WE return now to the legal question whether such a definite system of control as proposed in the previous chapter, instituted through mandatory legislation, would stand the test of constitutionality. Legal opinions differ, because there are no decisions by the Supreme Court that would warrant an absolutely conclusive answer. It is our belief, however, that such a plan adopted and carried into effect by a legislature would be upheld by the Supreme Court as now constituted.
All past decisions relating to valuation and return presented other issues than those involved in the establishment of a fixed rate base and return. They have been concerned throughout with attempts at rate making according to the law of the land as developed by constitutional construction under lack of definite legislative provisions. In no instance has there been an effort to fix comprehensively by statute the relative rights of investors and consumers, to establish a precise basis of rate making for the protection of the respective rights, and at the same time to provide systematically for expansion and improvement of service according to public needs.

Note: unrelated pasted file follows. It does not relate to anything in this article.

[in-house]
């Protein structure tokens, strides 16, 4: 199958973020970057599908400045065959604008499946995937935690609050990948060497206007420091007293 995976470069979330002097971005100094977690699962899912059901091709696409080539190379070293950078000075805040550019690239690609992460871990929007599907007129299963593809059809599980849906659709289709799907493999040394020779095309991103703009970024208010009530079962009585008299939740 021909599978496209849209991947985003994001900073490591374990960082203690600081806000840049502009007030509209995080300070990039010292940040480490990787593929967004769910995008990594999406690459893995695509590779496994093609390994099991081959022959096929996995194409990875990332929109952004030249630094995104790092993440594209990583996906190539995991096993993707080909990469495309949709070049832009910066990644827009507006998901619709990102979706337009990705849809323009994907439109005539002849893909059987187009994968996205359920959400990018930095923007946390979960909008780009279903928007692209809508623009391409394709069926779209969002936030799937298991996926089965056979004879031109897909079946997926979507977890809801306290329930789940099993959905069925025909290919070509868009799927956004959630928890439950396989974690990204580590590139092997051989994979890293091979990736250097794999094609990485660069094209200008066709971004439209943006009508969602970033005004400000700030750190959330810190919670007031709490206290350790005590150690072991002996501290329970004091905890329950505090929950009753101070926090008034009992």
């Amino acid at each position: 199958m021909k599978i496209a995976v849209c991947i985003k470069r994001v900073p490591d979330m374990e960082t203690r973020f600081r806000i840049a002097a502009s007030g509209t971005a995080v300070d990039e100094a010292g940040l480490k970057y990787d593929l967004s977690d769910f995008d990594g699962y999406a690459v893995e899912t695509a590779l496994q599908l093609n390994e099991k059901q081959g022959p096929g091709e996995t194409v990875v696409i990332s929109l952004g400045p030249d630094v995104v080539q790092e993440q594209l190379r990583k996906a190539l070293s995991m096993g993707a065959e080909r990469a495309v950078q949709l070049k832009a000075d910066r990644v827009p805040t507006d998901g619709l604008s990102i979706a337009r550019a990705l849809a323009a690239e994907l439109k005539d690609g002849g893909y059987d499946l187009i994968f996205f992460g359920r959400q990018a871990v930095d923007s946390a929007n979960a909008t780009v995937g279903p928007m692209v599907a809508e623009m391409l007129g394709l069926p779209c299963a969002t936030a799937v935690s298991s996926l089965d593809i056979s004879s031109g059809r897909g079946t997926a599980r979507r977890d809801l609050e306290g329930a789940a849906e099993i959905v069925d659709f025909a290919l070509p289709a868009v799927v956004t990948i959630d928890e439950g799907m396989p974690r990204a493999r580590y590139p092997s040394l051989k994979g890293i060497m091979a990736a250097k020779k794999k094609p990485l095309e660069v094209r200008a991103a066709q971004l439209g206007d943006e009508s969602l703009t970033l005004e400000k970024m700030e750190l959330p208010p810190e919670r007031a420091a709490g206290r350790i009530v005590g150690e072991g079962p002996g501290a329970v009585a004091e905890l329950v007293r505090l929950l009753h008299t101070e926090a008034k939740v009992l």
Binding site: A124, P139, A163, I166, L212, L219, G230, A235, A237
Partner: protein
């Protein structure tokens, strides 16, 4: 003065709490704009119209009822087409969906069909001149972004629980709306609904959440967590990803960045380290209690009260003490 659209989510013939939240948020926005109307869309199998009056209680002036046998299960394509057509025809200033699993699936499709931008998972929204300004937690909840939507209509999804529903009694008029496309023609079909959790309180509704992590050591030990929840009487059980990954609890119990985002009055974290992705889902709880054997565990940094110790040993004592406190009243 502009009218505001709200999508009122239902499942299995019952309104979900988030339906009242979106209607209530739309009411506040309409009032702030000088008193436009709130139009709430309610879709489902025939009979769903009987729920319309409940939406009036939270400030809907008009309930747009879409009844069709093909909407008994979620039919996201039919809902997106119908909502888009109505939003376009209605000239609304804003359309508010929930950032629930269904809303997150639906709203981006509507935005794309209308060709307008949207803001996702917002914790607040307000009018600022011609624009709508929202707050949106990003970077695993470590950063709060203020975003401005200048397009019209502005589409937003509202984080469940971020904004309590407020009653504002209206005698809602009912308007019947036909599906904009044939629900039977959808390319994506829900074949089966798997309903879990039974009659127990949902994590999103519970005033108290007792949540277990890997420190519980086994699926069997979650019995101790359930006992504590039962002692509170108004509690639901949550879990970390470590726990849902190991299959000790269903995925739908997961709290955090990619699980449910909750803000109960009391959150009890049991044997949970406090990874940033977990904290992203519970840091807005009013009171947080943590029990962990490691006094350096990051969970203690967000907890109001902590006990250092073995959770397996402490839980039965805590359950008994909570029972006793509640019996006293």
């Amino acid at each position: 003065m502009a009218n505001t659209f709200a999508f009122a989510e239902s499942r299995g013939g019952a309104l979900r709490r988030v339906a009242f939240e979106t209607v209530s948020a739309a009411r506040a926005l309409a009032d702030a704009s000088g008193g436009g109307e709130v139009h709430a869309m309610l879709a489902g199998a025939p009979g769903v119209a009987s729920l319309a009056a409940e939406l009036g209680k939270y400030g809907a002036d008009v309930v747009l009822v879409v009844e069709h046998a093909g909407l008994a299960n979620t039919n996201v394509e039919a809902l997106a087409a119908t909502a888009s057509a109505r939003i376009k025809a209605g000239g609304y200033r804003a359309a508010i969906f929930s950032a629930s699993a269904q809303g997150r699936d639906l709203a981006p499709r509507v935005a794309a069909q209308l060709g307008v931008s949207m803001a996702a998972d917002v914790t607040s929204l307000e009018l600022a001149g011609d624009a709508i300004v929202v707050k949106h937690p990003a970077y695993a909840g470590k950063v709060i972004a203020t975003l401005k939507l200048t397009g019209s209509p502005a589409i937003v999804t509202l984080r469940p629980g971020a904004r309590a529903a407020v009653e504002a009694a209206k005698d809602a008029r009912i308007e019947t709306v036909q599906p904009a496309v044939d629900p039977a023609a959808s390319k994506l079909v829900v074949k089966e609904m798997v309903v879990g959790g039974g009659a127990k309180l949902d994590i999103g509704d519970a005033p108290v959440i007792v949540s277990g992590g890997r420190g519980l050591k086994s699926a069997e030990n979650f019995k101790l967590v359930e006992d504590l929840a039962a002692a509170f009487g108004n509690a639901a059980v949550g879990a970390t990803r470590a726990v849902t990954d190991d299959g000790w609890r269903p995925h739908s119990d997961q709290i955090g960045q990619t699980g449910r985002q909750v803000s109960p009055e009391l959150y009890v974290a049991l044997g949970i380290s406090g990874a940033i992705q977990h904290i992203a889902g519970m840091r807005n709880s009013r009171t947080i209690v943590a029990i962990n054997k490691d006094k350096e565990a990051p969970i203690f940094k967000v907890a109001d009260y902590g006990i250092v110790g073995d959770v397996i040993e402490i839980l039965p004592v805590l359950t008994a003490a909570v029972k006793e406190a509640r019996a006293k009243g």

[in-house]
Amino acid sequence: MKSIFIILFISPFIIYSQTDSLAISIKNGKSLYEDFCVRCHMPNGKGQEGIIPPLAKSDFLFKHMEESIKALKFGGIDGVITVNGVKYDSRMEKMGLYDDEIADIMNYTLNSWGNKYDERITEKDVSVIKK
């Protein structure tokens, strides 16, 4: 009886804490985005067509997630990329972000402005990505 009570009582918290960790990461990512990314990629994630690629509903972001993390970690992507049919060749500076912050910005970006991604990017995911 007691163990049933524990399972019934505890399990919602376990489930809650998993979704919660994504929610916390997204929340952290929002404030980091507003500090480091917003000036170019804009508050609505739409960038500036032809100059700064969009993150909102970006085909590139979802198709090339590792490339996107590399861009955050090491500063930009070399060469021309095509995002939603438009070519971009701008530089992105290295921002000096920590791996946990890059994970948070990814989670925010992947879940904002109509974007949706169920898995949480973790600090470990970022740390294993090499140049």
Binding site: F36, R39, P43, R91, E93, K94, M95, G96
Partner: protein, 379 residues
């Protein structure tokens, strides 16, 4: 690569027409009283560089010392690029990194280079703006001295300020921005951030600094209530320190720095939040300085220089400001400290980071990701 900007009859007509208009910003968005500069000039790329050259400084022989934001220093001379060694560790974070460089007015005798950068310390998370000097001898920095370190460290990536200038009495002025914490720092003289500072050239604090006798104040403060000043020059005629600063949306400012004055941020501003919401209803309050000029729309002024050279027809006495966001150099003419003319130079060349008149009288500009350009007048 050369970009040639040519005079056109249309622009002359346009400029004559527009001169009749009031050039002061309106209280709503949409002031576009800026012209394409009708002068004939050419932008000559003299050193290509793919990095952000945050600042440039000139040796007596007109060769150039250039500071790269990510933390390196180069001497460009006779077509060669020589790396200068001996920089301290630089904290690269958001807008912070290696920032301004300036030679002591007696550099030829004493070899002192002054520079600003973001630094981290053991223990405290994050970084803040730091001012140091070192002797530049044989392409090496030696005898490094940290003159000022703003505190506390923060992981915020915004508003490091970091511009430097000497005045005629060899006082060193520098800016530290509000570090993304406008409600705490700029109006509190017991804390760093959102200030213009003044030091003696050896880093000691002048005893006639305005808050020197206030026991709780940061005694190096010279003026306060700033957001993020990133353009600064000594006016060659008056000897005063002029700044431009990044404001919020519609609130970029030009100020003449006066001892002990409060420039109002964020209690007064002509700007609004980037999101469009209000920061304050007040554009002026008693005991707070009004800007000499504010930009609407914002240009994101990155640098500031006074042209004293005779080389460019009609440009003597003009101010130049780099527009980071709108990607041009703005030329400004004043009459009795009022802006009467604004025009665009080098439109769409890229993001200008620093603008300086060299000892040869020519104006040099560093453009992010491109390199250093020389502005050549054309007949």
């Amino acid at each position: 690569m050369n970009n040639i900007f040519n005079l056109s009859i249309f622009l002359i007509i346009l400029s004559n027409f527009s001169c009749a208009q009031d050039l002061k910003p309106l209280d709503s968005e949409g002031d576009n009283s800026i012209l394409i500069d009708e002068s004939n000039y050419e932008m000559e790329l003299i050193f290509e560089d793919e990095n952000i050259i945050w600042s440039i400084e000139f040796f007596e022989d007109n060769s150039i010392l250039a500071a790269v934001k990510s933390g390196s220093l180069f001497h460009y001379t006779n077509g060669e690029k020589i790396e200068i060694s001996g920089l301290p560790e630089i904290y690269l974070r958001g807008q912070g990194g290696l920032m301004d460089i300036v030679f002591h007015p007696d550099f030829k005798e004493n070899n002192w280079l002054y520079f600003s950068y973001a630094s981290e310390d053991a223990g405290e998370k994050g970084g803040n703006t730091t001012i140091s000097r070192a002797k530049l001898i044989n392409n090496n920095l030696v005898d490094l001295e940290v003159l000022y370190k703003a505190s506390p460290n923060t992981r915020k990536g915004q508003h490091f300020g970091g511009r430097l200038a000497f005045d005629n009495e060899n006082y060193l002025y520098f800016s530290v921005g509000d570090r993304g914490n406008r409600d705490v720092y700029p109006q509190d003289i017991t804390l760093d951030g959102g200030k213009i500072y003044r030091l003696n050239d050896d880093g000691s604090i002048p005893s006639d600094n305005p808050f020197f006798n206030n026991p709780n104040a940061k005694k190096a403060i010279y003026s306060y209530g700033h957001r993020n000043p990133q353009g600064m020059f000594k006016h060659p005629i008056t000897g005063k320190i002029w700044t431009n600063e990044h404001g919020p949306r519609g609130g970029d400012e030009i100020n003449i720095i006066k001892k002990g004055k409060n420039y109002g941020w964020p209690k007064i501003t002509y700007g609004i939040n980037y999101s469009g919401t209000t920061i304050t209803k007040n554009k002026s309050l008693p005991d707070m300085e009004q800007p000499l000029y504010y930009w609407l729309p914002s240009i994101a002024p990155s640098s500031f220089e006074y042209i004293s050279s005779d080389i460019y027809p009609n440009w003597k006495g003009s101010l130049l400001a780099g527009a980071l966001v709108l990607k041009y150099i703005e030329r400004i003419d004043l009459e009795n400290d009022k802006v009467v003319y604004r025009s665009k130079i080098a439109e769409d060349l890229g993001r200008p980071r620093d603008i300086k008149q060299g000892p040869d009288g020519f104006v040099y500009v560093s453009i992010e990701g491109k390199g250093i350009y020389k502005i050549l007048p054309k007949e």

The courts have never been confronted with a clear legislative policy carefully devised to correct the administrative and financial defects of the present system. They have been concerned with the law as it is, not with a change in the law. They have never had occasion to pass upon the basic legality of replacing poor law with good law. They have dealt with cases that arose under existing statutes in relation to the Constitution. They never dealt with comprehensive legislation creating